• the product must be produced for medicinal use in humans
  • it must be a product that is regulated as a medicinal product or an ingredient of a medicinal product

This will restrict treatment options but it’s not unexpected. It’s in-line with the current guidelines in place for all prescription drugs and any product that is sold as a medicine. Safety of patients has to come first.

The development of approved and regulated medicines costs millions and therefore only likely to be a viable option for large pharmaceutical companies with the financial backing to carry out the extensive tests and trials needed. This is likely to anger many in the cannabis community.

Large companies who already have approved cannabis-based products including Epidiolex and Sativex, developed and produced by GW Pharmaceuticals, will likely benefit the most.

Unfortunately this also limits the options available for patients, as large pharmaceuticals are more focused on single cannabinoid products. So it doesn’t seem to leave room for the development of new “whole plant” medicines.

Although for many the statement “ingredient of a medicinal product” may be open to interpretation. For example, Sativex, an already approved cannabis-based medicine, contains THC. Therefore it could be argued that, as THC is an ingredient of an already approved medicine, all products that contain THC are eligible under this definition.

Medical Cannabis vs CBD oil.

Firstly, I would like to discuss the difference between medical cannabis and CBD products, like CBD oil. Although there is currently one licenced cannabis-derived medicine in the UK that is CBD only, the majority are THC based. THC is the compound most associated with the treatment of conditions like cancer and some forms of epilepsy. While CBD oil has many beneficial properties it only contains trace amounts of THC.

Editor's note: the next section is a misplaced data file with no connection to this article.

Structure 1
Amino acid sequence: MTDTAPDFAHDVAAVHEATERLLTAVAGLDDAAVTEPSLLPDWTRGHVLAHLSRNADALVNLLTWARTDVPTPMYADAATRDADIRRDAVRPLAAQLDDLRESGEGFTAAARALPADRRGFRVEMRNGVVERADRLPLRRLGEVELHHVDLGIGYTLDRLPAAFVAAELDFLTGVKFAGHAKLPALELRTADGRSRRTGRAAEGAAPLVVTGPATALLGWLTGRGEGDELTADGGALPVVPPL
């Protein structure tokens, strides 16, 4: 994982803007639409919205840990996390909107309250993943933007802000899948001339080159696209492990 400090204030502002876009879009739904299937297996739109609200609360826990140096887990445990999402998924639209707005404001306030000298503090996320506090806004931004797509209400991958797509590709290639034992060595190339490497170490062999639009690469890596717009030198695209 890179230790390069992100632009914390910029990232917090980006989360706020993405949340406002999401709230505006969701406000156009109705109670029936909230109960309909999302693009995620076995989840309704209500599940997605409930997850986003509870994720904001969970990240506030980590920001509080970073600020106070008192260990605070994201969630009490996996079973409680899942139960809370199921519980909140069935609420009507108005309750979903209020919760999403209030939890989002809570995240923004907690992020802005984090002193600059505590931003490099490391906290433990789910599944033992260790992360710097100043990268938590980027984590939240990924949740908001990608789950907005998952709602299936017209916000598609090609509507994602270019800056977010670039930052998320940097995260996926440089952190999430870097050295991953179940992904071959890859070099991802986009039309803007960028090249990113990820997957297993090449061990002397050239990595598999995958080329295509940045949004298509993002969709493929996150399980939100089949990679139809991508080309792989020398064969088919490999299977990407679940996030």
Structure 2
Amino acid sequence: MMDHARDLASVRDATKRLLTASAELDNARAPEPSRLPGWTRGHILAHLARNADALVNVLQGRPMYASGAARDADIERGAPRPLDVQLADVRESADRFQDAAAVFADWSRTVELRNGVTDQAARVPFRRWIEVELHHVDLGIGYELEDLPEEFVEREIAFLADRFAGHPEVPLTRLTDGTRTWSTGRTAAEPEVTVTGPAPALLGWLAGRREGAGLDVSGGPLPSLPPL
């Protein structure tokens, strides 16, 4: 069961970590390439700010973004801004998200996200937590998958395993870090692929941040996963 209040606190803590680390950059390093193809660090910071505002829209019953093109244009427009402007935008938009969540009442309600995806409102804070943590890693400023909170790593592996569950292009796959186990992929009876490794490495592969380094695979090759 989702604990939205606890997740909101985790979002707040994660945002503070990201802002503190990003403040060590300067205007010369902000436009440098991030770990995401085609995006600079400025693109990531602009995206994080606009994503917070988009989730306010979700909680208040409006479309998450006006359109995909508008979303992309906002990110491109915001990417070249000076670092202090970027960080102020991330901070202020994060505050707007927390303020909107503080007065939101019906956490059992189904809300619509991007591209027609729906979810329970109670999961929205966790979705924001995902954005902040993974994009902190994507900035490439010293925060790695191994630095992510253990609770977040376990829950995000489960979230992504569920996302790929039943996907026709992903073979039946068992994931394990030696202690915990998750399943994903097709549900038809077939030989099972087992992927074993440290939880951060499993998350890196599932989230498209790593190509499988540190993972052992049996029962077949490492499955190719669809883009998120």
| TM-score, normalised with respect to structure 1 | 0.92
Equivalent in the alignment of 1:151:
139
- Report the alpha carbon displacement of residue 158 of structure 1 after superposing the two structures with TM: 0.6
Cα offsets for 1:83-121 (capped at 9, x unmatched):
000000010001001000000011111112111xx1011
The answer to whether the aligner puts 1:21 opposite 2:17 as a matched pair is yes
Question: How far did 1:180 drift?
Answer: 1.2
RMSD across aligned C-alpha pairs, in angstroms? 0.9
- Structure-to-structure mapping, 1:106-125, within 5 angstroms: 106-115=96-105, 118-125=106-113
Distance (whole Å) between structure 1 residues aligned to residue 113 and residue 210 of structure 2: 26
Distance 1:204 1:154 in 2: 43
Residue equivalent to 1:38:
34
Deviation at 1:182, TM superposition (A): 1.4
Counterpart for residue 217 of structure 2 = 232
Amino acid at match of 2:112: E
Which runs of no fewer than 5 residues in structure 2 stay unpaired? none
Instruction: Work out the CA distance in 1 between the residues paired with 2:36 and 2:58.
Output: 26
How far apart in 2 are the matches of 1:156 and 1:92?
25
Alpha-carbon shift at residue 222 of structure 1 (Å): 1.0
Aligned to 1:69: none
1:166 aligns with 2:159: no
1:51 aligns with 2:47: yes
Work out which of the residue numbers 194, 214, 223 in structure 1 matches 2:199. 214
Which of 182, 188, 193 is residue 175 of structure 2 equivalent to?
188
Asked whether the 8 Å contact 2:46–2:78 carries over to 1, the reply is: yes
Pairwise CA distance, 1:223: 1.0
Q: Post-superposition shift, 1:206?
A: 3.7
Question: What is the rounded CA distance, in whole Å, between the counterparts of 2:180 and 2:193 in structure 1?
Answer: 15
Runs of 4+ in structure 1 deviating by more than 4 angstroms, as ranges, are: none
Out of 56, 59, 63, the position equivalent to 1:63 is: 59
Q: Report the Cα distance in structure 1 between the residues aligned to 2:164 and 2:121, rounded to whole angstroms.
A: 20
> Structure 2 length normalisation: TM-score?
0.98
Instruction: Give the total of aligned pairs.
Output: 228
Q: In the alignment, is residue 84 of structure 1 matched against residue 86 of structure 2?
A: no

Unfortunately, there are a few unscrupulous sellers who attempt to misguide consumers into thinking that the CBD oil they purchase from them has the same properties as a full spectrum cannabis oil (including THC). This is not the case. Please do not buy from companies making these claims. Also, if a CBD company is making ANY medical claims they are breaking the law, and I would seriously question their reputation.

Having said that, even after the introduction of medical cannabis under prescription it looks like legal medical cannabis will only be an option for the few, not the majority. Many will simply not qualify under the strict guidelines and limitations which are likely to be placed on the application process. This of course may change.

But for many, medical cannabis also isn’t a favourable option. Concerns over the potential side effects of THC act as a big deterrent to pursuing this treatment option for many. It also needs to be noted that the limited options available for licenced cannabis medicines do not give patients the wide variety of choices available in the thriving UK CBD market.